As a kid, I was lucky enough to grow up on the East Coast, but also have a bevy of relatives who lived in Southern California. Because of my dual-coast citizen status, I got the chance to spend summers in Los Angeles, where I experienced one particular cultural phenomenon that few outside of certain coastal towns get to be a part of: Ocean camp, where you spend all day on the beach and in the water, downing Gatorade and reapplying zinc oxide.
Sound idyllic? It basically was. But under the trappings of the best summer a 7-year-old could ask for lay important life skills for anyone who grows up around a major body of water. Ocean camp required early morning swims out to a buoy sans a wet suit, time spent treading water out in the ocean in huge kelp beds, and lessons on how to dive under a wave and not get smacked down. For those who live in beach communities, this is routine stuff, but considered necessary, both for everyone's quality of life and for safety. If you're going to spend all day at the beach with your kids, you want to make sure they understand how the water works and how to interact with it.
But as we've seen on Lake Michigan in recent years, ocean camp isn't something people outside of certain warm climes even know exists. It does look, however, to be something that perhaps the region should look into.
"Since mid-June, 12 people have drowned to death in Illinois and Northwest Indiana compared with 15 total drowning deaths in Illinois in all of 2011, according to data collected by the Chicago Park District and Lurie Children's Hospital," the RedEye reported in early August. That's not including the recent high-profile death of University of Chicago doctor Dr. Donald Liu, who drowned rescuing two 12-year-old boys a few weekends ago.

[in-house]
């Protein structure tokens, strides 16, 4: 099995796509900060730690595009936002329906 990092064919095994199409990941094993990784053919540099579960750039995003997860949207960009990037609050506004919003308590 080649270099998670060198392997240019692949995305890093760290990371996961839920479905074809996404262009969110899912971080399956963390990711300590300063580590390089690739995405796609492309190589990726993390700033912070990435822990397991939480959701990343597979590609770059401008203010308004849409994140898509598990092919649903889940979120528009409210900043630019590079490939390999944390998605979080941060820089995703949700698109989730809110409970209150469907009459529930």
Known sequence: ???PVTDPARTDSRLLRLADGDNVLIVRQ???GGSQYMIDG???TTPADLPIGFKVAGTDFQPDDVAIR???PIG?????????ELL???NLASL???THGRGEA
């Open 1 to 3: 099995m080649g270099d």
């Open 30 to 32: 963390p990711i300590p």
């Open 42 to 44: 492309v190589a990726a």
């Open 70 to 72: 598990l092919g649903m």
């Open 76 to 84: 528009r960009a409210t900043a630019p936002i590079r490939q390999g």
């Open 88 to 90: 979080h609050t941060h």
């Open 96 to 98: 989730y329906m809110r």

Jody Johnston, Park Supervisor of Holland, MI, State Park, joins Eight Forty-Eight to explain how other beaches on Lake Michigan deal with potentially dangerous waters.
Why the high death toll? Most are attributing the rise to the particularly hot summer that has made more people head for the lake, coupled with strong storm systems that create choppier water conditions.
How do rip currents work exactly? Here's a helpful video that explains better than I can:
And some of the most helpful tips I found about dealing with rip currents, per the National Oceanic and Atmospheric Administration, basically indicate that you should do as little as possible when you find yourself in one:
- "Don’t fight the current. Swim out of the current in a direction following the shoreline. When out of the current, swim towards shore.
- If you are unable to swim out of the rip current, float or calmly tread water. When out of the current, swim towards shore.
- If you are still unable to reach shore, draw attention to yourself: Face the shore, wave your arms and yell for help.
- If you see someone in trouble, get help from a lifeguard. If a lifeguard is not available, have someone call 9-1-1. Throw the rip current victim something that floats and yell instructions on how to escape. Remember, many people drown while trying to save someone else from a rip current."
(Also — don't use the terms rip tide or undertow interchangeably with rip current. They're not the same.)
But even when equipped with this helpful information, it's unclear if just educating people with facts will make much of a difference. I'd wager that the most likely thing to really alter the way people interact with the water is to take this "lake" culture that those in the Great Lakes region partake in for a few months a year and really embrace it. It might just be a lake, but as we've seen this summer, it's just as dangerous as any ocean — but full of people who know far less about it than they should.
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